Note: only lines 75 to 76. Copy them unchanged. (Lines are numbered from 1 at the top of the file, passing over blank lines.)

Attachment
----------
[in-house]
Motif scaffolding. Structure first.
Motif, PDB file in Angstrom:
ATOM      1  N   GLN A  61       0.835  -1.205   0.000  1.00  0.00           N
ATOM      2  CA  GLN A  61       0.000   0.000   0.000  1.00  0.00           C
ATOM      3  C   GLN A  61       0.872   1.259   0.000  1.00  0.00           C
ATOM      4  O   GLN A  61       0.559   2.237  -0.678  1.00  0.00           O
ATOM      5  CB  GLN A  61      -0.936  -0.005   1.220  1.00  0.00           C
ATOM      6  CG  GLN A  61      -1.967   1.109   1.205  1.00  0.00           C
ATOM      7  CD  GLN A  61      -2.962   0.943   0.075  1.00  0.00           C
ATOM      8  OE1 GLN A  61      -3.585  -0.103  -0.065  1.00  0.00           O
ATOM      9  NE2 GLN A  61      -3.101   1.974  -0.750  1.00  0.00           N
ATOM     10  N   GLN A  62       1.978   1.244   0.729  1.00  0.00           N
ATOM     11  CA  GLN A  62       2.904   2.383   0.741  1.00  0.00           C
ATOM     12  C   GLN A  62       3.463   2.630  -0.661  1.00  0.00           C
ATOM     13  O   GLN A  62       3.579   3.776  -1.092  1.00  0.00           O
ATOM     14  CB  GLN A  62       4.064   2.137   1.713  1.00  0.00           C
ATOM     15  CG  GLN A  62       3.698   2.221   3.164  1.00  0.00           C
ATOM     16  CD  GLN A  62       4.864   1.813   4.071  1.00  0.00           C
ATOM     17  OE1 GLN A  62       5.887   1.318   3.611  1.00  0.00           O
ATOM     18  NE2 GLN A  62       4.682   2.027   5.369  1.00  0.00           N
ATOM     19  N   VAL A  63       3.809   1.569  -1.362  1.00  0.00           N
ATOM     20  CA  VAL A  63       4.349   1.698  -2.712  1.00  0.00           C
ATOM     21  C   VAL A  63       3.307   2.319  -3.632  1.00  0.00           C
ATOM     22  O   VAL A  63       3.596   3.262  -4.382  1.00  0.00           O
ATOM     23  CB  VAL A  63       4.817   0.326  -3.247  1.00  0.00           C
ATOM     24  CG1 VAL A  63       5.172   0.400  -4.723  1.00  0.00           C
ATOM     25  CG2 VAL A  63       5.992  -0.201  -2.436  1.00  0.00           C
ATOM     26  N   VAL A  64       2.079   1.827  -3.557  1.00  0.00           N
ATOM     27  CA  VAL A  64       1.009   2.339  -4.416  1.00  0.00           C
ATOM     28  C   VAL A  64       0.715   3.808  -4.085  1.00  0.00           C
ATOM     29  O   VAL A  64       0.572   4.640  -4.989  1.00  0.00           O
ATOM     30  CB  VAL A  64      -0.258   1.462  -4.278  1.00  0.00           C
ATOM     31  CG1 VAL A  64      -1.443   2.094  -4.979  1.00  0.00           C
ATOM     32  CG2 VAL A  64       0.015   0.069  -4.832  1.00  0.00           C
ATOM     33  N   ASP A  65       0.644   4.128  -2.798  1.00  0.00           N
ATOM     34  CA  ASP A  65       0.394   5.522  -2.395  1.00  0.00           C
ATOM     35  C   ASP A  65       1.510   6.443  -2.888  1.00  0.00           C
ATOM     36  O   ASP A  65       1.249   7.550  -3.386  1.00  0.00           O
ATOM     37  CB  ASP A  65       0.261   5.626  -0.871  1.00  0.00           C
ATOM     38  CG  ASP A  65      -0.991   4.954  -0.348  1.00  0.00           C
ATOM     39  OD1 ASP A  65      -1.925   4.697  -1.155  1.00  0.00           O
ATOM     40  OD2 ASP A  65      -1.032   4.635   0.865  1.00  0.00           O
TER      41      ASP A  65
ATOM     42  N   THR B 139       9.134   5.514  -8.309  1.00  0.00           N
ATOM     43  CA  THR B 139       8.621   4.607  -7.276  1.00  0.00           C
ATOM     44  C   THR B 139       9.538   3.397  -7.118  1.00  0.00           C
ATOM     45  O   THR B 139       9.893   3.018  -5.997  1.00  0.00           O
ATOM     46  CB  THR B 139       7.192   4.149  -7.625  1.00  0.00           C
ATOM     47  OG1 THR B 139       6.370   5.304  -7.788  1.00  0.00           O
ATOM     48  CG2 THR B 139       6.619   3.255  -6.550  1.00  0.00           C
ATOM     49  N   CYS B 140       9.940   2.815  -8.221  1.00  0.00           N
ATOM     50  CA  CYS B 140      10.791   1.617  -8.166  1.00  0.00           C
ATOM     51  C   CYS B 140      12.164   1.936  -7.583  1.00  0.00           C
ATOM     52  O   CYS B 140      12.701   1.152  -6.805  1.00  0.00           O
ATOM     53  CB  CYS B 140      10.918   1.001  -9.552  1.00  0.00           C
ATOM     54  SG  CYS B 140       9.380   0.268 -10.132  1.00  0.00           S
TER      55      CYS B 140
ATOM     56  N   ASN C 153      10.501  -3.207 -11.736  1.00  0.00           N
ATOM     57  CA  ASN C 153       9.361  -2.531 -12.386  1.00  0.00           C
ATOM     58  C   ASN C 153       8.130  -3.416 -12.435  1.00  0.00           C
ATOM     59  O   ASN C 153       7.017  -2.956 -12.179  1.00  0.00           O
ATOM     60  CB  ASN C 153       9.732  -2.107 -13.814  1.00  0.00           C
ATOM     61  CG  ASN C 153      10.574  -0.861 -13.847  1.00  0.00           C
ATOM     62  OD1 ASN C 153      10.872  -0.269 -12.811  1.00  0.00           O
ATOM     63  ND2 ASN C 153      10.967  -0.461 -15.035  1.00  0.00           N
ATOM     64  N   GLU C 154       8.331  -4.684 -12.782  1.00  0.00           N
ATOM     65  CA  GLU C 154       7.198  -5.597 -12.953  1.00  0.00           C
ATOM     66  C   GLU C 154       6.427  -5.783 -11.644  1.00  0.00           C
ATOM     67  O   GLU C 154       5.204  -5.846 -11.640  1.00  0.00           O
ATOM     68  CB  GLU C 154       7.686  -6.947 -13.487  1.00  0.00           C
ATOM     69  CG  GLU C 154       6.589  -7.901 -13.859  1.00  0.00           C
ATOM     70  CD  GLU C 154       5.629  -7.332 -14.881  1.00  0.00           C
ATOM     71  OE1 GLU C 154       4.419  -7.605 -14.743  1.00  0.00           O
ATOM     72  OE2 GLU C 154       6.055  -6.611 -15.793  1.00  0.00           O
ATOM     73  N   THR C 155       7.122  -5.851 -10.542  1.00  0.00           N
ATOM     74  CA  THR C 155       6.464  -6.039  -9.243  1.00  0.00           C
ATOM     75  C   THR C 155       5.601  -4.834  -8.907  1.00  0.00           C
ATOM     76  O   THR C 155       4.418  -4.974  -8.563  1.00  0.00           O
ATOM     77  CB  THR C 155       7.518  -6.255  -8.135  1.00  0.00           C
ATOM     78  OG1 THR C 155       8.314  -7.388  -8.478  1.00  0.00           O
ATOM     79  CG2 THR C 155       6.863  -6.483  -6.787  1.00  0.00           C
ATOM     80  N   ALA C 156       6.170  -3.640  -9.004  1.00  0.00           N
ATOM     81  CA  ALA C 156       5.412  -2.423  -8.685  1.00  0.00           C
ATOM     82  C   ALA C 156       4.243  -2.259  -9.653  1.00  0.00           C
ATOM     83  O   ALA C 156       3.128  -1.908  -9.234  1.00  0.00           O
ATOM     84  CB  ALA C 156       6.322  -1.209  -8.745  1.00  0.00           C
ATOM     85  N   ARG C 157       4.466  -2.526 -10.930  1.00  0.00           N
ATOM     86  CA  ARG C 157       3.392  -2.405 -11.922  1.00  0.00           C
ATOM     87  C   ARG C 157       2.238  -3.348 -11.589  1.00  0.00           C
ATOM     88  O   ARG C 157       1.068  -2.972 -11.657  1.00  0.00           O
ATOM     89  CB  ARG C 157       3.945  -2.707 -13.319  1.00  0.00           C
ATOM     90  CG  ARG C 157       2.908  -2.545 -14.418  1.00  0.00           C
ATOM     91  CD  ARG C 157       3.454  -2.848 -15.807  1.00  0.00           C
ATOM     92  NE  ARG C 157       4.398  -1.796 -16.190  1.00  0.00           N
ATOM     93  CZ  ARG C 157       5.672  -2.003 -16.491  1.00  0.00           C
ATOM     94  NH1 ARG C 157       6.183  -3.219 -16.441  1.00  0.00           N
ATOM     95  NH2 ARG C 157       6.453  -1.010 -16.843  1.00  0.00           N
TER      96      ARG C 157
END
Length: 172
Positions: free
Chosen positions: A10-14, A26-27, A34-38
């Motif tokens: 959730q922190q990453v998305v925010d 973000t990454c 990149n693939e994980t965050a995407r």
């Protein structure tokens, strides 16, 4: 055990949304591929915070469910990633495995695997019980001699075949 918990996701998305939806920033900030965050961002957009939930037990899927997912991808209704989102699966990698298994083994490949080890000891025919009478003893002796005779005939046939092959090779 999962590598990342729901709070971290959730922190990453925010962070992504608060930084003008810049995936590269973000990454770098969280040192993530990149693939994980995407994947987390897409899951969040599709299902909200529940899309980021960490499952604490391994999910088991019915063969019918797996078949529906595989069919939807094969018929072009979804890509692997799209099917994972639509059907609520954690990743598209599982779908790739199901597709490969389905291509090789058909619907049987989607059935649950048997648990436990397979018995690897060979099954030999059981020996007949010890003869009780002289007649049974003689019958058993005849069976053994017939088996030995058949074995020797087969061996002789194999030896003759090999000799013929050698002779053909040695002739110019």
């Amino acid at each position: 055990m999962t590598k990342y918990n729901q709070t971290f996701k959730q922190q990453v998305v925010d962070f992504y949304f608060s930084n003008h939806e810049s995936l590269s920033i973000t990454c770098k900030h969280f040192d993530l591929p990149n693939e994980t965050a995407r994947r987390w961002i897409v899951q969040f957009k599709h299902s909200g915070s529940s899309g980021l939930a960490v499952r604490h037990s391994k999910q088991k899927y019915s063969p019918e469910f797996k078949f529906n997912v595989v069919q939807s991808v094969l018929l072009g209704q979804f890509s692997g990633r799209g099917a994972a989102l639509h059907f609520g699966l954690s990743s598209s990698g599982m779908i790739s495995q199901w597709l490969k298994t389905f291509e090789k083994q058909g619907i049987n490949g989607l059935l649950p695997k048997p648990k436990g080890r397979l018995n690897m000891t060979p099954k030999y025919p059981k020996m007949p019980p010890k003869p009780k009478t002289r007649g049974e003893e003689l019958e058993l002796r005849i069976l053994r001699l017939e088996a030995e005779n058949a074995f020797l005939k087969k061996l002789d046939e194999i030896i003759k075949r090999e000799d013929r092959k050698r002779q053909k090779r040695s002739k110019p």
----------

ATOM     72  OE2 GLU C 154       6.055  -6.611 -15.793  1.00  0.00           O
ATOM     73  N   THR C 155       7.122  -5.851 -10.542  1.00  0.00           N